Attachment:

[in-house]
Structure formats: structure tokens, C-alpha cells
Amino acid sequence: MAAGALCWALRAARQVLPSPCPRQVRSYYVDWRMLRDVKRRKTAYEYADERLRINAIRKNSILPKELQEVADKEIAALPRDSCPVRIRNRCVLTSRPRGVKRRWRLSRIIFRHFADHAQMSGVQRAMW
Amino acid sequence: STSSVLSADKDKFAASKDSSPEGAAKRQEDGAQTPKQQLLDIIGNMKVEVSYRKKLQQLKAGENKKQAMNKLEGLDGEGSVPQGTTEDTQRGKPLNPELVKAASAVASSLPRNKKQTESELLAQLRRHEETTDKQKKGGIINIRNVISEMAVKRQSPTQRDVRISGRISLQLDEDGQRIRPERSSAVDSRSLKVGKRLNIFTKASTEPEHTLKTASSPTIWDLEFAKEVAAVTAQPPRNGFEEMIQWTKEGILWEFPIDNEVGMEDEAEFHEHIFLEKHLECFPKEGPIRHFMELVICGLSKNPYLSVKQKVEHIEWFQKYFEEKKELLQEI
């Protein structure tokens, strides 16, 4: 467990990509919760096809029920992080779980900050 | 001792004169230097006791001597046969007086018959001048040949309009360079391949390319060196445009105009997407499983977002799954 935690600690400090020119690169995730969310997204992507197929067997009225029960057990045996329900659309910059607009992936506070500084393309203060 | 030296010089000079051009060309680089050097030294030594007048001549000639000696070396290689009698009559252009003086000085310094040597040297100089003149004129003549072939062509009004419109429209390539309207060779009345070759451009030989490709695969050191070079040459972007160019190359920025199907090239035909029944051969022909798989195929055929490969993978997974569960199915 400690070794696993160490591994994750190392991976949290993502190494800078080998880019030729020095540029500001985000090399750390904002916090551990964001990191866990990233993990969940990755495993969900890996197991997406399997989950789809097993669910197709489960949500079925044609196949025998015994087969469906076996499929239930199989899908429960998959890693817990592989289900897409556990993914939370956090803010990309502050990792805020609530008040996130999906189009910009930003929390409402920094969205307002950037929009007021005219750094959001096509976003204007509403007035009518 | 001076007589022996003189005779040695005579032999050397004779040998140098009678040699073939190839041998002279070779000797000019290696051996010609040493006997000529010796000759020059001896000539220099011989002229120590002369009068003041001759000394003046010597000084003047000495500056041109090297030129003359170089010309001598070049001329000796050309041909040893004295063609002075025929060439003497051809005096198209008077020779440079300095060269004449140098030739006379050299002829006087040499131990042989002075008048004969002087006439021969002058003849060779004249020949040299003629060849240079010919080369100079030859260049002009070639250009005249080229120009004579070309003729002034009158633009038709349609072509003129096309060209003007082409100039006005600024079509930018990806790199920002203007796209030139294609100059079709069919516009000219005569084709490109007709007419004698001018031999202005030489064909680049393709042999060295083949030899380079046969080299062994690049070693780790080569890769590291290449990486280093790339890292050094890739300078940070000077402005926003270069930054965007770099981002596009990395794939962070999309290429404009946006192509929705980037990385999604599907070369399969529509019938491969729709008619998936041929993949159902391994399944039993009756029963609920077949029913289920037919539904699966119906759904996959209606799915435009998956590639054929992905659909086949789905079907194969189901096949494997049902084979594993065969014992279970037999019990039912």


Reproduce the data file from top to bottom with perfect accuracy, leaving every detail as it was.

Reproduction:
[in-house]
Structure formats: structure tokens, C-alpha cells
Amino acid sequence: MAAGALCWALRAARQVLPSPCPRQVRSYYVDWRMLRDVKRRKTAYEYADERLRINAIRKNSILPKELQEVADKEIAALPRDSCPVRIRNRCVLTSRPRGVKRRWRLSRIIFRHFADHAQMSGVQRAMW
Amino acid sequence: STSSVLSADKDKFAASKDSSPEGAAKRQEDGAQTPKQQLLDIIGNMKVEVSYRKKLQQLKAGENKKQAMNKLEGLDGEGSVPQGTTEDTQRGKPLNPELVKAASAVASSLPRNKKQTESELLAQLRRHEETTDKQKKGGIINIRNVISEMAVKRQSPTQRDVRISGRISLQLDEDGQRIRPERSSAVDSRSLKVGKRLNIFTKASTEPEHTLKTASSPTIWDLEFAKEVAAVTAQPPRNGFEEMIQWTKEGILWEFPIDNEVGMEDEAEFHEHIFLEKHLECFPKEGPIRHFMELVICGLSKNPYLSVKQKVEHIEWFQKYFEEKKELLQEI
């Protein structure tokens, strides 16, 4: 467990990509919760096809029920992080779980900050 | 001792004169230097006791001597046969007086018959001048040949309009360079391949390319060196445009105009997407499983977002799954 935690600690400090020119690169995730969310997204992507197929067997009225029960057990045996329900659309910059607009992936506070500084393309203060 | 030296010089000079051009060309680089050097030294030594007048001549000639000696070396290689009698009559252009003086000085310094040597040297100089003149004129003549072939062509009004419109429209390539309207060779009345070759451009030989490709695969050191070079040459972007160019190359920025199907090239035909029944051969022909798989195929055929490969993978997974569960199915 400690070794696993160490591994994750190392991976949290993502190494800078080998880019030729020095540029500001985000090399750390904002916090551990964001990191866990990233993990969940990755495993969900890996197991997406399997989950789809097993669910197709489960949500079925044609196949025998015994087969469906076996499929239930199989899908429960998959890693817990592989289900897409556990993914939370956090803010990309502050990792805020609530008040996130999906189009910009930003929390409402920094969205307002950037929009007021005219750094959001096509976003204007509403007035009518 | 001076007589022996003189005779040695005579032999050397004779040998140098009678040699073939190839041998002279070779000797000019290696051996010609040493006997000529010796000759020059001896000539220099011989002229120590002369009068003041001759000394003046010597000084003047000495500056041109090297030129003359170089010309001598070049001329000796050309041909040893004295063609002075025929060439003497051809005096198209008077020779440079300095060269004449140098030739006379050299002829006087040499131990042989002075008048004969002087006439021969002058003849060779004249020949040299003629060849240079010919080369100079030859260049002009070639250009005249080229120009004579070309003729002034009158633009038709349609072509003129096309060209003007082409100039006005600024079509930018990806790199920002203007796209030139294609100059079709069919516009000219005569084709490109007709007419004698001018031999202005030489064909680049393709042999060295083949030899380079046969080299062994690049070693780790080569890769590291290449990486280093790339890292050094890739300078940070000077402005926003270069930054965007770099981002596009990395794939962070999309290429404009946006192509929705980037990385999604599907070369399969529509019938491969729709008619998936041929993949159902391994399944039993009756029963609920077949029913289920037919539904699966119906759904996959209606799915435009998956590639054929992905659909086949789905079907194969189901096949494997049902084979594993065969014992279970037999019990039912």